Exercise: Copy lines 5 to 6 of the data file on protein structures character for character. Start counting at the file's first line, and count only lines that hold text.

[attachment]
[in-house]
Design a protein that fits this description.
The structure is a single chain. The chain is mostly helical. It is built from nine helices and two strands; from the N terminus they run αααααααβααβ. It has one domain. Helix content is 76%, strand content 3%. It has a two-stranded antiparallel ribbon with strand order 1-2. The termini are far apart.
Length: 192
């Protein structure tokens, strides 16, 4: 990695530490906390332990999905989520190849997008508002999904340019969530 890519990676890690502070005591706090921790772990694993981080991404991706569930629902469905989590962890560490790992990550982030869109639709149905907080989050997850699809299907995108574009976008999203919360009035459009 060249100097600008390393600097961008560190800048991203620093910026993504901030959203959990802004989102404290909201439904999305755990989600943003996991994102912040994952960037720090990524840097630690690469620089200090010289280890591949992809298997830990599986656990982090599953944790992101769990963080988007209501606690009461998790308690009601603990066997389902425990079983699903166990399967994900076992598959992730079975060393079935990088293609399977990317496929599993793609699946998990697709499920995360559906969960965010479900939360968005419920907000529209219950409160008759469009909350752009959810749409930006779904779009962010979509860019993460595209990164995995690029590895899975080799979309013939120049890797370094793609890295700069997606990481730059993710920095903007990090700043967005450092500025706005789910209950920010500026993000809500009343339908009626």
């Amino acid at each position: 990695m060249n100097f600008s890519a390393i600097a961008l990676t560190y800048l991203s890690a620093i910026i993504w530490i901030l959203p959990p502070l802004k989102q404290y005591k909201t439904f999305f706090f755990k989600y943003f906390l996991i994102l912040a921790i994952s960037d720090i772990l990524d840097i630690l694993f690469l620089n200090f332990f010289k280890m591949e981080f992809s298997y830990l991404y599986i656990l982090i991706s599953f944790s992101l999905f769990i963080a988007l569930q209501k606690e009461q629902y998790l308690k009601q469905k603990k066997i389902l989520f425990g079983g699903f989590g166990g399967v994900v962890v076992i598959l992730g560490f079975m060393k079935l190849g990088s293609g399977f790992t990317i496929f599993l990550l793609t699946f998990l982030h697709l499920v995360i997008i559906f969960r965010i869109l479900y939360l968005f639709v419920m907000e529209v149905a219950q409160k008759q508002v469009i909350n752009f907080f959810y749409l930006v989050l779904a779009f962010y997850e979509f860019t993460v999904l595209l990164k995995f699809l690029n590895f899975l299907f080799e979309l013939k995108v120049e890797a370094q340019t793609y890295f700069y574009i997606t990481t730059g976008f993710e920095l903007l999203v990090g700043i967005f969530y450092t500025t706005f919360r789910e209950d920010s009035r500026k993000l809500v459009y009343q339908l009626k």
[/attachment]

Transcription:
């Protein structure tokens, strides 16, 4: 990695530490906390332990999905989520190849997008508002999904340019969530 890519990676890690502070005591706090921790772990694993981080991404991706569930629902469905989590962890560490790992990550982030869109639709149905907080989050997850699809299907995108574009976008999203919360009035459009 060249100097600008390393600097961008560190800048991203620093910026993504901030959203959990802004989102404290909201439904999305755990989600943003996991994102912040994952960037720090990524840097630690690469620089200090010289280890591949992809298997830990599986656990982090599953944790992101769990963080988007209501606690009461998790308690009601603990066997389902425990079983699903166990399967994900076992598959992730079975060393079935990088293609399977990317496929599993793609699946998990697709499920995360559906969960965010479900939360968005419920907000529209219950409160008759469009909350752009959810749409930006779904779009962010979509860019993460595209990164995995690029590895899975080799979309013939120049890797370094793609890295700069997606990481730059993710920095903007990090700043967005450092500025706005789910209950920010500026993000809500009343339908009626």
């Amino acid at each position: 990695m060249n100097f600008s890519a390393i600097a961008l990676t560190y800048l991203s890690a620093i910026i993504w530490i901030l959203p959990p502070l802004k989102q404290y005591k909201t439904f999305f706090f755990k989600y943003f906390l996991i994102l912040a921790i994952s960037d720090i772990l990524d840097i630690l694993f690469l620089n200090f332990f010289k280890m591949e981080f992809s298997y830990l991404y599986i656990l982090i991706s599953f944790s992101l999905f769990i963080a988007l569930q209501k606690e009461q629902y998790l308690k009601q469905k603990k066997i389902l989520f425990g079983g699903f989590g166990g399967v994900v962890v076992i598959l992730g560490f079975m060393k079935l190849g990088s293609g399977f790992t990317i496929f599993l990550l793609t699946f998990l982030h697709l499920v995360i997008i559906f969960r965010i869109l479900y939360l968005f639709v419920m907000e529209v149905a219950q409160k008759q508002v469009i909350n752009f907080f959810y749409l930006v989050l779904a779009f962010y997850e979509f860019t993460v999904l595209l990164k995995f699809l690029n590895f899975l299907f080799e979309l013939k995108v120049e890797a370094q340019t793609y890295f700069y574009i997606t990481t730059g976008f993710e920095l903007l999203v990090g700043i967005f969530y450092t500025t706005f919360r789910e209950d920010s009035r500026k993000l809500v459009y009343q339908l009626k």